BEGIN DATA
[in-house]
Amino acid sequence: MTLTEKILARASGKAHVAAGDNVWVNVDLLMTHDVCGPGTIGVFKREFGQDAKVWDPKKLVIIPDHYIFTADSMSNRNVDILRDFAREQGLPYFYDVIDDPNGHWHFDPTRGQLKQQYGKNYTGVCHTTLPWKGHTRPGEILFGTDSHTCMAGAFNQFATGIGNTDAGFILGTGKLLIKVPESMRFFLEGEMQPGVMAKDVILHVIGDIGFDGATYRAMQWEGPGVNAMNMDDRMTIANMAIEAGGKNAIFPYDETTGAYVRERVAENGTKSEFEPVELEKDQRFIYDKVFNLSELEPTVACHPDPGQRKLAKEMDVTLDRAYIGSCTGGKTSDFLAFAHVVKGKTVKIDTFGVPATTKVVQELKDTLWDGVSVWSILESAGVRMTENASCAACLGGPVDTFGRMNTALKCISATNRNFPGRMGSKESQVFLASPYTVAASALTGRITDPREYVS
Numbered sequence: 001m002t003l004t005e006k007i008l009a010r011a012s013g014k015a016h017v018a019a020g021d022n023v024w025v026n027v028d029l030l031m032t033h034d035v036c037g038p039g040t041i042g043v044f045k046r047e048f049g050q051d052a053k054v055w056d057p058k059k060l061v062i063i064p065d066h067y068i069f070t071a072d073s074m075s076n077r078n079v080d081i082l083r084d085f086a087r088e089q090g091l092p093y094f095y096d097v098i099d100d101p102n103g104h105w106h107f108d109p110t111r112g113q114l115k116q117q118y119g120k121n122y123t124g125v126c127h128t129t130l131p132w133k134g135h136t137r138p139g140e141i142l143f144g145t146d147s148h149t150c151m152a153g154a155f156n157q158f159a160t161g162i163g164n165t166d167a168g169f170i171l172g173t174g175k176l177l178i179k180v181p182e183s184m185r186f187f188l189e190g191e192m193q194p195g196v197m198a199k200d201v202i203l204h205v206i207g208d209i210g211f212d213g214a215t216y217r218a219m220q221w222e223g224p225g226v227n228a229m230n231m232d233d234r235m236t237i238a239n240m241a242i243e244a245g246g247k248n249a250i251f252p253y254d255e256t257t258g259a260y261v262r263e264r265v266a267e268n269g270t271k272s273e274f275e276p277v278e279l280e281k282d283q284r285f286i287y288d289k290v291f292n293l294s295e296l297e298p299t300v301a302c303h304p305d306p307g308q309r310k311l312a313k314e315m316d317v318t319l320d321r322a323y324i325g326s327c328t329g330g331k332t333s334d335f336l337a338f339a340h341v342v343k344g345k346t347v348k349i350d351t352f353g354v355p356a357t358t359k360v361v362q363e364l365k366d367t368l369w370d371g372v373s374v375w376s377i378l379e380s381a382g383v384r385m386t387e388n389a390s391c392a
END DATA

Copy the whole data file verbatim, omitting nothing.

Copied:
[in-house]
Amino acid sequence: MTLTEKILARASGKAHVAAGDNVWVNVDLLMTHDVCGPGTIGVFKREFGQDAKVWDPKKLVIIPDHYIFTADSMSNRNVDILRDFAREQGLPYFYDVIDDPNGHWHFDPTRGQLKQQYGKNYTGVCHTTLPWKGHTRPGEILFGTDSHTCMAGAFNQFATGIGNTDAGFILGTGKLLIKVPESMRFFLEGEMQPGVMAKDVILHVIGDIGFDGATYRAMQWEGPGVNAMNMDDRMTIANMAIEAGGKNAIFPYDETTGAYVRERVAENGTKSEFEPVELEKDQRFIYDKVFNLSELEPTVACHPDPGQRKLAKEMDVTLDRAYIGSCTGGKTSDFLAFAHVVKGKTVKIDTFGVPATTKVVQELKDTLWDGVSVWSILESAGVRMTENASCAACLGGPVDTFGRMNTALKCISATNRNFPGRMGSKESQVFLASPYTVAASALTGRITDPREYVS
Numbered sequence: 001m002t003l004t005e006k007i008l009a010r011a012s013g014k015a016h017v018a019a020g021d022n023v024w025v026n027v028d029l030l031m032t033h034d035v036c037g038p039g040t041i042g043v044f045k046r047e048f049g050q051d052a053k054v055w056d057p058k059k060l061v062i063i064p065d066h067y068i069f070t071a072d073s074m075s076n077r078n079v080d081i082l083r084d085f086a087r088e089q090g091l092p093y094f095y096d097v098i099d100d101p102n103g104h105w106h107f108d109p110t111r112g113q114l115k116q117q118y119g120k121n122y123t124g125v126c127h128t129t130l131p132w133k134g135h136t137r138p139g140e141i142l143f144g145t146d147s148h149t150c151m152a153g154a155f156n157q158f159a160t161g162i163g164n165t166d167a168g169f170i171l172g173t174g175k176l177l178i179k180v181p182e183s184m185r186f187f188l189e190g191e192m193q194p195g196v197m198a199k200d201v202i203l204h205v206i207g208d209i210g211f212d213g214a215t216y217r218a219m220q221w222e223g224p225g226v227n228a229m230n231m232d233d234r235m236t237i238a239n240m241a242i243e244a245g246g247k248n249a250i251f252p253y254d255e256t257t258g259a260y261v262r263e264r265v266a267e268n269g270t271k272s273e274f275e276p277v278e279l280e281k282d283q284r285f286i287y288d289k290v291f292n293l294s295e296l297e298p299t300v301a302c303h304p305d306p307g308q309r310k311l312a313k314e315m316d317v318t319l320d321r322a323y324i325g326s327c328t329g330g331k332t333s334d335f336l337a338f339a340h341v342v343k344g345k346t347v348k349i350d351t352f353g354v355p356a357t358t359k360v361v362q363e364l365k366d367t368l369w370d371g372v373s374v375w376s377i378l379e380s381a382g383v384r385m386t387e388n389a390s391c392a